As paragraph 14 of IAS 17 states that “a payment made on entering into or acquiring a leasehold that is accounted for as an operating lease represents prepaid lease payments […]” it is appropriate to classify the land-use right as a non-current asset under a separate heading such as “prepaid lease expenses”. This accounting treatment is supported by paragraph 57 of IAS 1 Presentation of Financial Statements (which rules that all assets which are not realised within twelve months after the balance sheet date shall be classified as non-current).

Some might argue that a land-use right meets the definition of an intangible asset as defined in paragraph 8 of IAS 38 Intangible Assets (“an identifiable non-monetary asset without physical substance”) and should therefore be classified as such in the balance sheet. However, in our view this accounting treatment is not appropriate as leases are scoped out of IAS 38 (paragraph 3 c).

Some argue that a land-use right can be considered as a separate item of property, plant & equipment and should therefore be classified as such in the balance sheet. However, in our view this accounting treatment is not appropriate as a land-use right is not a tangible asset and does therefore not meet the definition of an item of property, plant and equipment as defined in paragraph 6 of IAS 16 Property, Plant and Equipment.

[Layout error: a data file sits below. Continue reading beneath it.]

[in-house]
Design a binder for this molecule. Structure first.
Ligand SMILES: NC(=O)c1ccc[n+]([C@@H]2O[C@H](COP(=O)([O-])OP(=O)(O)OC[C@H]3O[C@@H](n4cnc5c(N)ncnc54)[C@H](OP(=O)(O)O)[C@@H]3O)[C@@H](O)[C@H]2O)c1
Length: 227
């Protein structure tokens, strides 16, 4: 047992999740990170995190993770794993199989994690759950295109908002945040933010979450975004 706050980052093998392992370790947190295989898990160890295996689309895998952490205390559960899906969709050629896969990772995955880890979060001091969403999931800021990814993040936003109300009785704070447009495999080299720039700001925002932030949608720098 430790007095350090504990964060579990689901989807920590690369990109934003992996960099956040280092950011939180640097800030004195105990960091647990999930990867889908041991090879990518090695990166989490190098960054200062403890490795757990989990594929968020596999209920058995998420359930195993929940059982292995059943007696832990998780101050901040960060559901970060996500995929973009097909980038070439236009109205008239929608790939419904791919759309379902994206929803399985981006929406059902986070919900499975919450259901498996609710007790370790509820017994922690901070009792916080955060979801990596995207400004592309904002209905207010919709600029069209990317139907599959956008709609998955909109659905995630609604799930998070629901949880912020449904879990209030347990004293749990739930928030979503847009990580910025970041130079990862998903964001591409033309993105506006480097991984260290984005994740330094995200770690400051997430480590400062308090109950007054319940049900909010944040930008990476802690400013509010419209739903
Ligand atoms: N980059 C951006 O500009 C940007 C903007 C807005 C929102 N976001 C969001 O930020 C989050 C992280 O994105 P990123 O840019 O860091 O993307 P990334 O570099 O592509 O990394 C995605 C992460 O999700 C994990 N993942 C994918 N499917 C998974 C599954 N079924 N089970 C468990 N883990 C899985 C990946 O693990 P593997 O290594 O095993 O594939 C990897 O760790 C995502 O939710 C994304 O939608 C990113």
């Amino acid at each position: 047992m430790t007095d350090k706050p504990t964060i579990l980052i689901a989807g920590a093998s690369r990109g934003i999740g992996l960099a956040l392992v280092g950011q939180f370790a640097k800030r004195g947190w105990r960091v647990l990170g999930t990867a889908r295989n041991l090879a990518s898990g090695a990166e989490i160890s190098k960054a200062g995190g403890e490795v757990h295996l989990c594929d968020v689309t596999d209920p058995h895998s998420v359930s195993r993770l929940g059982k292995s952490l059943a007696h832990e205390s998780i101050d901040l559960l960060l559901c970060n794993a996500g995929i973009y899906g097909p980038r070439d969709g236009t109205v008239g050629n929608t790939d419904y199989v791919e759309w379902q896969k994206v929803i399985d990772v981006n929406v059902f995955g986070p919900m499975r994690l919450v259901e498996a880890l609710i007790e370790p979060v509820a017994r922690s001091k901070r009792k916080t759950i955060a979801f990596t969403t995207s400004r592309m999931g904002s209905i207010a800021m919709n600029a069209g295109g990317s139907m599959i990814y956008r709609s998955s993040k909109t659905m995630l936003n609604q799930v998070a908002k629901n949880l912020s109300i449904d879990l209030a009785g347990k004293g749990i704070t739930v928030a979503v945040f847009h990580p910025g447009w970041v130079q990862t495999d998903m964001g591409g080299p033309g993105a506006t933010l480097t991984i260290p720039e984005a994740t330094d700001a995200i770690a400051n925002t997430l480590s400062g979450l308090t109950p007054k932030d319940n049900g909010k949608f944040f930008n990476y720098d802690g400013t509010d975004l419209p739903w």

An entity applies the fair value model under IAS 40
The lessee is able to classify and account for the operating lease as investment property as permitted by paragraph 6 of IAS 40 since the property would otherwise meet the definition of an investment property and the lessee uses the fair value model. On initial recognition the investment property is recognised at cost (paragraph 20 of IAS 40). Fair value measurement after initial recognition is discussed in paragraph 33 ff. of IAS 40.

Scenario 2:
A land-use-right for own use does not meet the definition of an investment property and is scoped out of IAS 40 (see paragraph 9 (c) of IAS 40). Hence, the accounting treatment set out in IAS 17 as discussed above in relation to the application of the cost model in scenario 1 has to be followed.